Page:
business news in context, analysis with attitude

We had a story recently about how PepsiCo CEO Indra Nooyi is trying to even the playing field among men and women in business, and a followup email in which one one MNB reader wrote:

PepsiCo CEO is on fleek….Preach, sister, preach!  Double standards, micro aggressions, all the b.s. that comes with higher positions.  You know what, nine times out of ten, I’d hire a working mom over anybody else, and plan to continue doing so.  We are dedicated, get sh*t done, and balance more projects than any man I’ve worked with---C-suite included.  We aren’t allowed to be subject to a debilitating man cold—we just get up, keep going and get after it.  Glad I’m not alone in my sentiments.  Sometimes it feels like it—because, well, there aren’t a whole lot of women near the top when I look around.

This prompted another email from an MNB reader:

The comment made by a reader in response to the story about PepsiCo CEO Indra Nooyi trying to even the playing field struck a chord, especially in light of all the things we are currently seeing in our society in general. It seems that more and more, we are trying to drive a wedge between people based on the many attributes that make us who we are: gender, sexual preference, religion, political ideology, etc.

I am getting sick of it. Is there room for improvement? Of course there is. But lumping people into a tidy strata group based on our own limited or skewed perceptions hardly leads to meaningful dialogue.

Early in my career I was very aggressive, spent many hours on the job, doing everything I could to climb the corporate ladder. Upon the birth of our first son, my wife, blessed with a college degree and successful career up to that point, decided to be a stay at home mom. It turned out to be a very wise choice, as our son was soon diagnosed with myriad health issues. Far too many times over the next 16 years, our son lay in a hospital bed, literally fighting for his life. My wife was able to spend much of those times with him. Me? I was at work, struggling to stay focused on the job I needed to have to provide the needed insurance benefits to provide the care my son had to have. Time off to help my son or my wife? Ummm, no, there was no such thing available. My choice was to either suck it up and take care of business, or risk my job.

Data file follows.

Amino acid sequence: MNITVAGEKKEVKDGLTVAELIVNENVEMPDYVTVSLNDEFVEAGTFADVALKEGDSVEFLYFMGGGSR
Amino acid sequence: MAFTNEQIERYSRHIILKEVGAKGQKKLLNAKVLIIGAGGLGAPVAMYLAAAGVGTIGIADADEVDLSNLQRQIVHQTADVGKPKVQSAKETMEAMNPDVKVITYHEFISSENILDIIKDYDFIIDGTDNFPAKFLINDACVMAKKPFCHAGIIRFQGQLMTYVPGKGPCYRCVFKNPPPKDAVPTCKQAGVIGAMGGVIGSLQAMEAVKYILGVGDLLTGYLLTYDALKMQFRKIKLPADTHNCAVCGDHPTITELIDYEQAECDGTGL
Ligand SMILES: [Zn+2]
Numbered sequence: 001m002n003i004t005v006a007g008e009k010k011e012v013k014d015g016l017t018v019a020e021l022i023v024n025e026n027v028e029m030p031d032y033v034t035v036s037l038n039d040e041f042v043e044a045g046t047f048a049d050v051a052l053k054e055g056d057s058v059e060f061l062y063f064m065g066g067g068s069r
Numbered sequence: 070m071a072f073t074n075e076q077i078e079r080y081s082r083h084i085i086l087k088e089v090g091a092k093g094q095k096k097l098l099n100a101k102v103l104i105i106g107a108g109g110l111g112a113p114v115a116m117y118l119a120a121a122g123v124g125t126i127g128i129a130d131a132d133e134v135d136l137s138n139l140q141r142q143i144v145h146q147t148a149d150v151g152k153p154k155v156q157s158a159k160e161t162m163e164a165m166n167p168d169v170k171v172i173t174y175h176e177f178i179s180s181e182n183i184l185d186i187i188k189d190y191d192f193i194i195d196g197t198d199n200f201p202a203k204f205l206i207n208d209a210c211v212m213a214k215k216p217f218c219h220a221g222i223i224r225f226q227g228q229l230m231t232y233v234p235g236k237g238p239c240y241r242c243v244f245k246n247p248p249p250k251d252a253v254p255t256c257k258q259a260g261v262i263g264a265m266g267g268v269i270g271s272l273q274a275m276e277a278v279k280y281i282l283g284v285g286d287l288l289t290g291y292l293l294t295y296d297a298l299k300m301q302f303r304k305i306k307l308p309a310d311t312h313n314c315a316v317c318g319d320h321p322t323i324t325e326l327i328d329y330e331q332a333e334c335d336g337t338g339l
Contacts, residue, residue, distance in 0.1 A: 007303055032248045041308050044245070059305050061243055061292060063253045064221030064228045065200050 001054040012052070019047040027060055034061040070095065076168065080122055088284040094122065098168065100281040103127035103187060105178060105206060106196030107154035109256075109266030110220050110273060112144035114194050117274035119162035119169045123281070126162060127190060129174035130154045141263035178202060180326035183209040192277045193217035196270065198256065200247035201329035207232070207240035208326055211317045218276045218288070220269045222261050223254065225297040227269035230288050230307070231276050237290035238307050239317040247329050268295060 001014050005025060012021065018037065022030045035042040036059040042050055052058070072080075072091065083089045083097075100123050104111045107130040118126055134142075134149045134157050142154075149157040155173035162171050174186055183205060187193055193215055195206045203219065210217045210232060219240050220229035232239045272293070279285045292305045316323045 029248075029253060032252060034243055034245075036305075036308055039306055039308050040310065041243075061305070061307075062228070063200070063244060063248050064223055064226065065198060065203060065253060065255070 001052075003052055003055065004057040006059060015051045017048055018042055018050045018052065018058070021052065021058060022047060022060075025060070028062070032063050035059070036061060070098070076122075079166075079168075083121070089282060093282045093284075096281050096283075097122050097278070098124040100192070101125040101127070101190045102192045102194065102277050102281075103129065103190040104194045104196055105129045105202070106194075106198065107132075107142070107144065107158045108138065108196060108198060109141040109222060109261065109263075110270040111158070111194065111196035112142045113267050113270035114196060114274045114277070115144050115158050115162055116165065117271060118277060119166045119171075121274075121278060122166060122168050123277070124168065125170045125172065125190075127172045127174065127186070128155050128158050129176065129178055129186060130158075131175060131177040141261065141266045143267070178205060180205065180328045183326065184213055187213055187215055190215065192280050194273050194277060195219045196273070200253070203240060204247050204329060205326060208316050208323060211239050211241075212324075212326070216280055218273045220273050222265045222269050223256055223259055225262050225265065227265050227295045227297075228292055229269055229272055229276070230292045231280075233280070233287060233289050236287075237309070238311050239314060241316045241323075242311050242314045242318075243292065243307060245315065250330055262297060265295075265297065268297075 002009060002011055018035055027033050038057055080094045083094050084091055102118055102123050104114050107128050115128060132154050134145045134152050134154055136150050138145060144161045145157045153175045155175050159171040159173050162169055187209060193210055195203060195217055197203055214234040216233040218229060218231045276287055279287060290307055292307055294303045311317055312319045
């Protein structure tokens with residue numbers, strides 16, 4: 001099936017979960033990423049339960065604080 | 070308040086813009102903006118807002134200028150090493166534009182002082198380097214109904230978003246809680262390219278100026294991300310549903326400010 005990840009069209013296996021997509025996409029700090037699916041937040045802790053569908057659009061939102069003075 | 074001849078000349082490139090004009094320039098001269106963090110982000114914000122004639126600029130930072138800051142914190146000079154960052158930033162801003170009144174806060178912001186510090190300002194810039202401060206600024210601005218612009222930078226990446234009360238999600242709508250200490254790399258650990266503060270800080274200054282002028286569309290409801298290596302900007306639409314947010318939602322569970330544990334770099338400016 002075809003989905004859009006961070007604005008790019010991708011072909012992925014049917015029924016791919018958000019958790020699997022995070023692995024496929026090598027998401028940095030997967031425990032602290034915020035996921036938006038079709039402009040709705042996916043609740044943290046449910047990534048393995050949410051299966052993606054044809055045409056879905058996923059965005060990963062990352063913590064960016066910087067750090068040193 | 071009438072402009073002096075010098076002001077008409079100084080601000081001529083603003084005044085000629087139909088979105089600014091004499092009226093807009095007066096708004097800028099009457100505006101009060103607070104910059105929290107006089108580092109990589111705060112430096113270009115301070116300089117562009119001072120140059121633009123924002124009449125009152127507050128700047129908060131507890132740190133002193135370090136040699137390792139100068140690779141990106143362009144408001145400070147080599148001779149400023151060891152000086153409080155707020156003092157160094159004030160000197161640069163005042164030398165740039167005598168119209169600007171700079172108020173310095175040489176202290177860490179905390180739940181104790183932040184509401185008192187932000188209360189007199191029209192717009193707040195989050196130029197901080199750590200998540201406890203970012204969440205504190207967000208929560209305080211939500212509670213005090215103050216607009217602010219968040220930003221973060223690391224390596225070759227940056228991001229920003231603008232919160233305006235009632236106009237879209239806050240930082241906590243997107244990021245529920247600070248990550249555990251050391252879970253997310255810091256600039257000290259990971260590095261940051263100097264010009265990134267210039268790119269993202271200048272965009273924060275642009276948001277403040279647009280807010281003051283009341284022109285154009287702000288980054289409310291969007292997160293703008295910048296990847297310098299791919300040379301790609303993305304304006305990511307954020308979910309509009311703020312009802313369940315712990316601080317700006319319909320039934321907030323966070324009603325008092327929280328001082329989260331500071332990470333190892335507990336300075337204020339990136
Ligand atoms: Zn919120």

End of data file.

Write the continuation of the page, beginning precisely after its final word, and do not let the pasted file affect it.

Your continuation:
I, a man, just got up, kept going, and got after it. It led to a lot of long hours, sleepless nights, long drives between home, hospital and work, and more stress than I thought possible to bear. I am thankful I had a job that provided health insurance, and a salary that allowed my wife to make the choice she did to give up a lucrative profession; and those facts made me much more empathetic for those who did not have those luxuries.

And the day my son passed away in the hospital? I spent the morning at work, attending a "mandatory meeting", then rushed to the hospital to spend a couple of hours with him before he passed. I then got a week to mourn.

So to hear that one segment of our society has more ability or willingness to "just get up, keep going, and get after it" is beyond reprehensible. We all have obstacles, challenges, barriers, and situations that we must deal with on a daily basis. Painting with too broad a brush just hides the fact that basically we are all in this together. Let's celebrate the strides we have made as a society, while also recognizing that there are still plenty of opportunities to elevate all people, regardless of their respective categorizations. I am just tired of this destructiveness that seems to be engulfing our world.


I get your point, and I cannot even imagine your pain.

I certainly don't think that the MNB reader to whom you are referring would ever try to minimize your experience, or suggest that you had it easier because you are a guy.

But as much as it is nice to suggest that everybody should just be treated the same, I do think we live in a world where that is not the way things are. Some people, I think, would argue that they have less to celebrate than others.




Got the following email from MNB reader Craig Espelien, who wanted to weigh in on two things I wrote yesterday.

I was going to let the “Biggest Show on Earth” miss slide (it is actually, from my online research, “The Greatest Show on Earth” for Ringling Bros.) but when you missed the Jimmy Malone quote (it is actually “Here Endeth the Lesson," not "This Endeth The Lesson") I just could not let it go.
 
Corrections Department will have to put in some overtime.


Mea culpa, mea culpa, mea maxima culpa. 
KC's View: